Taking the Business Leap to the Four-Day Workweek

Why the four-day work week?

We all know work-life balance is good for workers, but is it good for business too? Is it too good to be true? BOLD LIP has always been in the business of challenging outdated norms. One that we’re all too happy to challenge, is how (and when) we work as creatives. We’ve implemented a 4-day work week, turning our wildest worklife dream into our BOLD reality. Here’s how it’s going, and some talking points to convince your boss (or yourself) that it’s time to embrace the four-day workweek. 

“It’s easier to get into the zone and I’m working faster. I’m more organised with time and file management (yes, even the photoshop layers - knowing that when the revisions come in I won’t have to guess which one to be edited.) And not to mention, an extra day to lie around and be lazy”

- Toto Ho, Art Director

It means more agile process  

Let us be clear: we’re not stacking 40 hours over four days. We’ve adopted the 100:80:100 model, where we maintain 100% of the compensation, work 80% of the time, and deliver 100% of the output. Research shows that businesses productivity can be maintained or even increased with the 4-day workweek, and with the exception of the occasional late night, we’re finding this rings true.

So, where did we win back our time? 

  • Time-blocking: Toggling from creative, to admin, to client-facing modes can be a big time suck. We set our meetings in the morning and leave the afternoons for solid work sessions. 
  • Week-mapping: Especially in industries like ours, it helps to find a rhythm where hand-offs and approvals are seamless. Investing the time to prioritize on a Monday is imperative!
  • Clearer client expectations:Now that our end of week lands on a Thursday, our clients have a guaranteed pre-weekend day to digest and provide feedback, leading to us starting the week with feedback more reliably.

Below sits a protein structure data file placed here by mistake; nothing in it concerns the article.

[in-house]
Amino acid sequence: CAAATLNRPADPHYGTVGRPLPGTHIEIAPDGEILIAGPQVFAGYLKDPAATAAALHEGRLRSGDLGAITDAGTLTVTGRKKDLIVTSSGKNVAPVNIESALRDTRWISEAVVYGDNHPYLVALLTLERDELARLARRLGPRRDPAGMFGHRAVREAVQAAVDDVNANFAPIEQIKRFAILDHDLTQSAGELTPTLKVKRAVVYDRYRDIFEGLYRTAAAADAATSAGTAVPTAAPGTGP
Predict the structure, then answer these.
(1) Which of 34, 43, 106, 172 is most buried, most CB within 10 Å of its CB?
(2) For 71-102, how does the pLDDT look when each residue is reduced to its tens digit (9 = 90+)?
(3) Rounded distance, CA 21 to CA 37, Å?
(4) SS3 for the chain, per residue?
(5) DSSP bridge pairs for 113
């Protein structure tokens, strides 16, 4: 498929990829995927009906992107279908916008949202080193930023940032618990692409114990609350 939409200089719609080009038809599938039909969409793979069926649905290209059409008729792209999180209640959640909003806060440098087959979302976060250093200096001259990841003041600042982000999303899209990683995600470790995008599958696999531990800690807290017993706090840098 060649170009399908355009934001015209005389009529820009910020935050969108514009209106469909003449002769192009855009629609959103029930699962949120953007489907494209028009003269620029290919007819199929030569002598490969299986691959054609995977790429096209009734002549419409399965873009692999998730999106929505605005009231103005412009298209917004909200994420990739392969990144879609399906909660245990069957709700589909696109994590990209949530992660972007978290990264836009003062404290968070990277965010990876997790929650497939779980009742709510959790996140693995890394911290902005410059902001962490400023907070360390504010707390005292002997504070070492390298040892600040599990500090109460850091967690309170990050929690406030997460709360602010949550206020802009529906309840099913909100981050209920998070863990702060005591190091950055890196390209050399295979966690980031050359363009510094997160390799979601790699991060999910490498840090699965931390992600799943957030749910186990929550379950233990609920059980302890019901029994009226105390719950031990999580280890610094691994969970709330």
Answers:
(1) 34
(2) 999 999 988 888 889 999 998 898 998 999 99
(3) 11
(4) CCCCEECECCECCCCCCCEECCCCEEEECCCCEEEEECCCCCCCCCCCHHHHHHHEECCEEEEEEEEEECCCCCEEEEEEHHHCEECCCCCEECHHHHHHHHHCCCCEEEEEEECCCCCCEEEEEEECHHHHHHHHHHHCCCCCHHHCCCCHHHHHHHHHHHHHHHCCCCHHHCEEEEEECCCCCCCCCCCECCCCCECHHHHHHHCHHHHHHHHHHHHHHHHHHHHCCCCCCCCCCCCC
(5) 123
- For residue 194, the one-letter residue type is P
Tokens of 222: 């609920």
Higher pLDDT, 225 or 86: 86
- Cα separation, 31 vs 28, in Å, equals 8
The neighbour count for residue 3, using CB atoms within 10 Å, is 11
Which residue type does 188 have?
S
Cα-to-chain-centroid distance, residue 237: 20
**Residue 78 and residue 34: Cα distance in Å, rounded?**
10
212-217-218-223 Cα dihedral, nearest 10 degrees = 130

“I thought I was productive before, but now I'm noticing small ways to save time. Map out your week really well on a Monday. Set expectations with your clients. Everyone's happy to work this way as long as we're delivering what we need to deliver.”

- Joanne Gallop, Content Director + Partner

It’s more accessible to more people (especially women) 

If we’ve learned anything as a society these last few years (big, BIG “if”), it’s that our work life is more flexible than we thought. We’ve mainstreamed tools that make asynchronous work possible, and only collaborate in real time as needed. For extroverts that relied on the water cooler hangouts to power through the day, this was an adjustment. But for parents, commuters, people with chronic pain, mental health concerns and physical disability, the world opened up. The four-day workweek not only attracts and facilitates participation from diverse candidates, it helps retain them and prevent burnout. 

“Some kind of mix of 'getting shit done' and 'me time'. Grocery shopping + lunch with a friend. Networking + getting my nails done. Tidying the house + reading a book. The perfection of it all is that I get to choose!”

- Taralyn Carver, Design Director + Partner

For women in particular, flexibility in the work day means more autonomy over how they complete the 50% more domestic labour they take on than their male counterparts. Notably, when asked about their “dream Friday off”, almost our entire team cited the opportunity to catch up on chores. Anyone who’s worked from home amongst their unfinished household duties understands: domestic labour and the mental load that comes with it competes with our professional and personal well-being when we don’t have the resources we need.  

“Toronto is a hard city to navigate after 5 pm. Getting an off-peak day to experience the city, brunch at new hot spots, have a quiet day to the beach, or even go to IKEA without the crowds feels very luxurious to me.” 

– Maggie Buxton-Simpson, Senior Copywriter 

It’s made us healthier, happier and more creative.

We’re all so much more than who we are at work. The metrics on productivity and retention are easier to measure and harder to ignore. But what is the collective potential lost when your creative team doesn’t have time to take care of their bodies, minds and spirits? 

An overwhelming theme that came back from our team interviews was the sensation of truly being refreshed and ready on Monday mornings. People are feeling better, which is good news for businesses that report lower absenteeism after introducing a four-day work week. But it also means that the people you’re relying on to think of the bold, beautiful work that will set your brand apart are taking time to reset, get inspired and hone their craft. 

“Working this way gives me time to pursue my other passions in life with the full support of my colleagues - this is very unexpected in today’s standard workforce” 

- Kate Voltan, Client Services Director

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